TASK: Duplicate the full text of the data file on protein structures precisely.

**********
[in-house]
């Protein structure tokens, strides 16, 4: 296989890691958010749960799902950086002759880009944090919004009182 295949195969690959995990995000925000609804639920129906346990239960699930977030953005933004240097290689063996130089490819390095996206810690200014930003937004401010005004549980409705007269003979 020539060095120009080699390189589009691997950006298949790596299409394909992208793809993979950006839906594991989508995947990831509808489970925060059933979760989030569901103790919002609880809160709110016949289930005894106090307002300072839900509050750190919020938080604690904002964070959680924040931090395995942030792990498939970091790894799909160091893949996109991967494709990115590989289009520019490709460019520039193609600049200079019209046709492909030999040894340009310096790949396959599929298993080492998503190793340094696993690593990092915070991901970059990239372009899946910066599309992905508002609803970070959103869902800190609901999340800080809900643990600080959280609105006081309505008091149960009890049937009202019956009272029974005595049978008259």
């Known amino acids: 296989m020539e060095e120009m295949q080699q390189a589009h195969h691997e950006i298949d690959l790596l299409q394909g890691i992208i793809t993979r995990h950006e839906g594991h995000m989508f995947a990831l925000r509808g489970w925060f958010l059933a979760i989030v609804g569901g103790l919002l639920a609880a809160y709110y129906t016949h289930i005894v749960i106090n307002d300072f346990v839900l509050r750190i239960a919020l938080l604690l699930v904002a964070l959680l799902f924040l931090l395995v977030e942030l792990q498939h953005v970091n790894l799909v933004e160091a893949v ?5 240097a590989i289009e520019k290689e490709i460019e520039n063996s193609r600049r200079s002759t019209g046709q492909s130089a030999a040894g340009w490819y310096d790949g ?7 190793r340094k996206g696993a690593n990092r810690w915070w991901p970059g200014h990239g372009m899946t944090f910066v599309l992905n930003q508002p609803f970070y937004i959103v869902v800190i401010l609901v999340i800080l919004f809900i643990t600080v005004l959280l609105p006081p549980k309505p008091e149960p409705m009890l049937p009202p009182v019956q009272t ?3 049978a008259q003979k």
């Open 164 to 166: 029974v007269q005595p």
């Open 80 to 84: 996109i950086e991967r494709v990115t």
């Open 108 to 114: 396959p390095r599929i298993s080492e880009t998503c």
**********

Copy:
[in-house]
């Protein structure tokens, strides 16, 4: 296989890691958010749960799902950086002759880009944090919004009182 295949195969690959995990995000925000609804639920129906346990239960699930977030953005933004240097290689063996130089490819390095996206810690200014930003937004401010005004549980409705007269003979 020539060095120009080699390189589009691997950006298949790596299409394909992208793809993979950006839906594991989508995947990831509808489970925060059933979760989030569901103790919002609880809160709110016949289930005894106090307002300072839900509050750190919020938080604690904002964070959680924040931090395995942030792990498939970091790894799909160091893949996109991967494709990115590989289009520019490709460019520039193609600049200079019209046709492909030999040894340009310096790949396959599929298993080492998503190793340094696993690593990092915070991901970059990239372009899946910066599309992905508002609803970070959103869902800190609901999340800080809900643990600080959280609105006081309505008091149960009890049937009202019956009272029974005595049978008259």
């Known amino acids: 296989m020539e060095e120009m295949q080699q390189a589009h195969h691997e950006i298949d690959l790596l299409q394909g890691i992208i793809t993979r995990h950006e839906g594991h995000m989508f995947a990831l925000r509808g489970w925060f958010l059933a979760i989030v609804g569901g103790l919002l639920a609880a809160y709110y129906t016949h289930i005894v749960i106090n307002d300072f346990v839900l509050r750190i239960a919020l938080l604690l699930v904002a964070l959680l799902f924040l931090l395995v977030e942030l792990q498939h953005v970091n790894l799909v933004e160091a893949v ?5 240097a590989i289009e520019k290689e490709i460019e520039n063996s193609r600049r200079s002759t019209g046709q492909s130089a030999a040894g340009w490819y310096d790949g ?7 190793r340094k996206g696993a690593n990092r810690w915070w991901p970059g200014h990239g372009m899946t944090f910066v599309l992905n930003q508002p609803f970070y937004i959103v869902v800190i401010l609901v999340i800080l919004f809900i643990t600080v005004l959280l609105p006081p549980k309505p008091e149960p409705m009890l049937p009202p009182v019956q009272t ?3 049978a008259q003979k």
């Open 164 to 166: 029974v007269q005595p």
């Open 80 to 84: 996109i950086e991967r494709v990115t």
């Open 108 to 114: 396959p390095r599929i298993s080492e880009t998503c």